By Yusuf Serunkuma Kajura
Jörg Wiegratz, Neoliberal Moral Economy: Capitalism, Socio-Cultural Change and Fraud in Uganda (New York and London: Rowman and Littlefield, 2016)
At the core of this book is the question: What explains the prevalence of fraud in contemporary capitalist societies? This question seeks to respond not to a single event but to a “socio-cultural” shift. The author’s question is based on the observation that fraud (theft, corruption, trickery etc.) has become wide spread in contemporary capitalist societies in most businesses and other forms of interactions. In Uganda it is has spread to that point that artistes and dramatists use the subject of fraud in their creative work highlighting its rather normalized status. The claim in the book is that there has been a major shift as the condition seems rather new.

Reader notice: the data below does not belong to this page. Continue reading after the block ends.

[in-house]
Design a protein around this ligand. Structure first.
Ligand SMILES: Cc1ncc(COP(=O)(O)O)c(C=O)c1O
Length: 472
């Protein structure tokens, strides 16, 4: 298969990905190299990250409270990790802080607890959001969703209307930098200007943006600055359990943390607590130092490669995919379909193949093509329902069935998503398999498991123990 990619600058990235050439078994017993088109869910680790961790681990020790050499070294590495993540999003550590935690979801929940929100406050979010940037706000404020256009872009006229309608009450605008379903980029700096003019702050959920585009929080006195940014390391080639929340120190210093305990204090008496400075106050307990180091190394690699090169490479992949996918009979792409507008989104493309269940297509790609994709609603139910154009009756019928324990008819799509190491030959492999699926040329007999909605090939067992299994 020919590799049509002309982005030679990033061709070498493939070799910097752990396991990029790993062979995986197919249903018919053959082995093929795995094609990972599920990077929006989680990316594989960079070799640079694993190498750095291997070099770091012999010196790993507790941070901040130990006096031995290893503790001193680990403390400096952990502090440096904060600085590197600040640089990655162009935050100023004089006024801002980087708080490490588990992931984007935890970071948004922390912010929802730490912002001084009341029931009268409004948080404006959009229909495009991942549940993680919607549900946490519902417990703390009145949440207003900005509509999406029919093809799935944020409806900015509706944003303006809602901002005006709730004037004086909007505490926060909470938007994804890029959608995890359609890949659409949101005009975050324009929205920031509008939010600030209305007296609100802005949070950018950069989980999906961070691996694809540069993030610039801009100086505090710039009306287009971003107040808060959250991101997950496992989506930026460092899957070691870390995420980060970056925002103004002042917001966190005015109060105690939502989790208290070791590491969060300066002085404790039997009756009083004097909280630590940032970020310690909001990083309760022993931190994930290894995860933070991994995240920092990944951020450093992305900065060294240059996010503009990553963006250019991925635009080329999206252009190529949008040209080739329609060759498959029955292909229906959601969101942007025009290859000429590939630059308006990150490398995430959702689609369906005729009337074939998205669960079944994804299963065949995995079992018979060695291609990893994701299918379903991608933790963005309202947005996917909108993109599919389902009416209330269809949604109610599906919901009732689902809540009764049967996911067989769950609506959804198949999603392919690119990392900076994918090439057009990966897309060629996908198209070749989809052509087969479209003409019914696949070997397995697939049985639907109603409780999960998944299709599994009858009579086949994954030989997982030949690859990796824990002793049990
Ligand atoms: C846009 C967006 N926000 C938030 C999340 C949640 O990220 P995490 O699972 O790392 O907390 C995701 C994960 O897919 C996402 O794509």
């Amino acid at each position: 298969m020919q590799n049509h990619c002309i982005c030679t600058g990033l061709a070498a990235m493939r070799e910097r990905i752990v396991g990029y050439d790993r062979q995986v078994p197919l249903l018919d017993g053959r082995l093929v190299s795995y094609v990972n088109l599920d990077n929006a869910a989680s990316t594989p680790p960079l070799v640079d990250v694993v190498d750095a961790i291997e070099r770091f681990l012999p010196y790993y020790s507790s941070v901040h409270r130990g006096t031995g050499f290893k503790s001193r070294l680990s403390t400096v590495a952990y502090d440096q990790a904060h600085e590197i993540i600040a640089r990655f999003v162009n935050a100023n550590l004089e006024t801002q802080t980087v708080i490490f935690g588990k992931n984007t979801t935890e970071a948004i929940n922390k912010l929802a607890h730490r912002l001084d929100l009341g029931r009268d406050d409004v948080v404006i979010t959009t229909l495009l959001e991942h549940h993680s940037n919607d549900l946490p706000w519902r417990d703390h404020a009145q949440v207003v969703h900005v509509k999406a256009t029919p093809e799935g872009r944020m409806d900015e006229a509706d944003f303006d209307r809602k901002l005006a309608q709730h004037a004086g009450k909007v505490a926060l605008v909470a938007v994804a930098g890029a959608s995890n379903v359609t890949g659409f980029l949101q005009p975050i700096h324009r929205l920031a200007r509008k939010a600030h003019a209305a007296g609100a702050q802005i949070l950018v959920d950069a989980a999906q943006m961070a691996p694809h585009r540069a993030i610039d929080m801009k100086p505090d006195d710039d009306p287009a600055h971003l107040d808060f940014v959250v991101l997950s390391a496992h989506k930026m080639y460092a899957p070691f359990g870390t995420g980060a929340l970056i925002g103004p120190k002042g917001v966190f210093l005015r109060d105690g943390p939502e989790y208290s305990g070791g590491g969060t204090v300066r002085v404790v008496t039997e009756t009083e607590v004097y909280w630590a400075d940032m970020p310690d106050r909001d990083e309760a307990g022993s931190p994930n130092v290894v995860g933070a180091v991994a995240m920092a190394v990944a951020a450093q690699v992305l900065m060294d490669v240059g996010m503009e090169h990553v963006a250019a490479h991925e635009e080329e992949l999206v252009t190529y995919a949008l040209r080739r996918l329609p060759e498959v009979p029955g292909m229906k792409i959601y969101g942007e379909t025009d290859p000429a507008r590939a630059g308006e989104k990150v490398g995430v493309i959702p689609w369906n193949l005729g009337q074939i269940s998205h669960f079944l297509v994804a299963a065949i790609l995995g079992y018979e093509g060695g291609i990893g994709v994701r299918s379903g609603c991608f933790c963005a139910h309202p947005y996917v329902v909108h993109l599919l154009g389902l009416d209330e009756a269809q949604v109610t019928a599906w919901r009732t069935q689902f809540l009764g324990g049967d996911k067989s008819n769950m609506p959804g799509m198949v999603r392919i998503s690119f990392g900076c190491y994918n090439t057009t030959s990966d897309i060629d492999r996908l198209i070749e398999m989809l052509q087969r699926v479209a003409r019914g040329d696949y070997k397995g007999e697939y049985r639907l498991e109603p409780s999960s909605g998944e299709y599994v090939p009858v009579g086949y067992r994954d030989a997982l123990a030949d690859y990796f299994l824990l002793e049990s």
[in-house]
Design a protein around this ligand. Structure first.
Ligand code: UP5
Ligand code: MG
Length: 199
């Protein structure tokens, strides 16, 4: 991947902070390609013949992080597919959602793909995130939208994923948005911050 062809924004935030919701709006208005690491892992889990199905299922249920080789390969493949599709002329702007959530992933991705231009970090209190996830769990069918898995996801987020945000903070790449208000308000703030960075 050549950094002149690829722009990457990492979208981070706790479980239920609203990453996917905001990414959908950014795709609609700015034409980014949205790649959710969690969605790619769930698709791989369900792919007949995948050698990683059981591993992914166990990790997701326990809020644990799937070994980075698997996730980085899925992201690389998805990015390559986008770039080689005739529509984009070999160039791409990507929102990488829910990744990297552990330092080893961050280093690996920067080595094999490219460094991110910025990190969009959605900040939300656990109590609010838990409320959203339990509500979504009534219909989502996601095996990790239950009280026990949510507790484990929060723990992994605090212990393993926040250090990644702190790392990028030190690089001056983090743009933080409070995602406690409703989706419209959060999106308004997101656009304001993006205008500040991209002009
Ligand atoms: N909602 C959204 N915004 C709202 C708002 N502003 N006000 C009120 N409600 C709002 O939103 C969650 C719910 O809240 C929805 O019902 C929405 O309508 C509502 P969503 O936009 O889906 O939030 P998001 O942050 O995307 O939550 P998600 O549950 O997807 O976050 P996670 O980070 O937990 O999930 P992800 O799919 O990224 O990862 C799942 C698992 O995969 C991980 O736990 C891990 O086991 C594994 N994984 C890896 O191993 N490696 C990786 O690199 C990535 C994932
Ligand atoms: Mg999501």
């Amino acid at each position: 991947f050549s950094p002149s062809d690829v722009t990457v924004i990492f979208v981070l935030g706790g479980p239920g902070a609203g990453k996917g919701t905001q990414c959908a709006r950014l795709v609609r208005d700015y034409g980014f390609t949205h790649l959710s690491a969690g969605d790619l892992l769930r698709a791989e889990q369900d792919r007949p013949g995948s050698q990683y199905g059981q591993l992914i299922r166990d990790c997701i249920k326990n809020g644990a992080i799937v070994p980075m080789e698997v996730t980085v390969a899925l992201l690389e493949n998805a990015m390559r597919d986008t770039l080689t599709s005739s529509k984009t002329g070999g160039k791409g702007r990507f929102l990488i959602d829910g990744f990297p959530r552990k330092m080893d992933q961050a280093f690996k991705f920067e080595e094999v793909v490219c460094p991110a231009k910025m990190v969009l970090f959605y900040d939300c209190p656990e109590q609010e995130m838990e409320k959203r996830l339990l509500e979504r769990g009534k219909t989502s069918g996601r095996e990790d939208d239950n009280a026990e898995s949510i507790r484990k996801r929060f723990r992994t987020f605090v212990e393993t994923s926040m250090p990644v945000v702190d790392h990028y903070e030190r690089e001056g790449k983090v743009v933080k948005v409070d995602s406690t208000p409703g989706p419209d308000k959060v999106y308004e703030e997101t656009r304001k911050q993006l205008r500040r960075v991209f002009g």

Wiegratz juxtaposes two moments in Ugandan business history. The period before the World Bank and IMF enforced structural adjustment programmes (SAPs), and the period after the SAPs were introduced, which also occurred at the same time as the government of President Museveni and his National Resistance Movement (NRM) came to power. Interested in providing empirical data in the study on neoliberal moral economies, Wiegratz conducted fieldwork in Uganda’s Bugisu region in the east and Kampala, and focuses on coffee and cotton farming and trading. In these areas, the author held several interviews and reviewed newspaper reports and carried out ethnography.